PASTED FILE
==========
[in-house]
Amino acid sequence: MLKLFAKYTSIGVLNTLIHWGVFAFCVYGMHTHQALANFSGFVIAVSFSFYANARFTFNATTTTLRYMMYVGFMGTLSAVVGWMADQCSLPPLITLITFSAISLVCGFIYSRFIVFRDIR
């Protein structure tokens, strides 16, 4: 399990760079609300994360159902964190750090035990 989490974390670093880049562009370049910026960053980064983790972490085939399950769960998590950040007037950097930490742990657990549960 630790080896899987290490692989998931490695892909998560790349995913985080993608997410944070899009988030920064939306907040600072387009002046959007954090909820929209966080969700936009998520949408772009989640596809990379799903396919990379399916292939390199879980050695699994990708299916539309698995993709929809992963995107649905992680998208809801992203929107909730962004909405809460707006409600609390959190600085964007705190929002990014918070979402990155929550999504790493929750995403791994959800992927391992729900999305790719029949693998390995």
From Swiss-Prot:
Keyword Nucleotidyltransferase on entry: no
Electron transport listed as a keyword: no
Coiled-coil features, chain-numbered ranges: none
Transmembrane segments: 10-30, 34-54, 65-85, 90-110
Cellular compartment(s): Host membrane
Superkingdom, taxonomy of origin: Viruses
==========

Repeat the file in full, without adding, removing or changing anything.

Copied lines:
[in-house]
Amino acid sequence: MLKLFAKYTSIGVLNTLIHWGVFAFCVYGMHTHQALANFSGFVIAVSFSFYANARFTFNATTTTLRYMMYVGFMGTLSAVVGWMADQCSLPPLITLITFSAISLVCGFIYSRFIVFRDIR
């Protein structure tokens, strides 16, 4: 399990760079609300994360159902964190750090035990 989490974390670093880049562009370049910026960053980064983790972490085939399950769960998590950040007037950097930490742990657990549960 630790080896899987290490692989998931490695892909998560790349995913985080993608997410944070899009988030920064939306907040600072387009002046959007954090909820929209966080969700936009998520949408772009989640596809990379799903396919990379399916292939390199879980050695699994990708299916539309698995993709929809992963995107649905992680998208809801992203929107909730962004909405809460707006409600609390959190600085964007705190929002990014918070979402990155929550999504790493929750995403791994959800992927391992729900999305790719029949693998390995």
From Swiss-Prot:
Keyword Nucleotidyltransferase on entry: no
Electron transport listed as a keyword: no
Coiled-coil features, chain-numbered ranges: none
Transmembrane segments: 10-30, 34-54, 65-85, 90-110
Cellular compartment(s): Host membrane
Superkingdom, taxonomy of origin: Viruses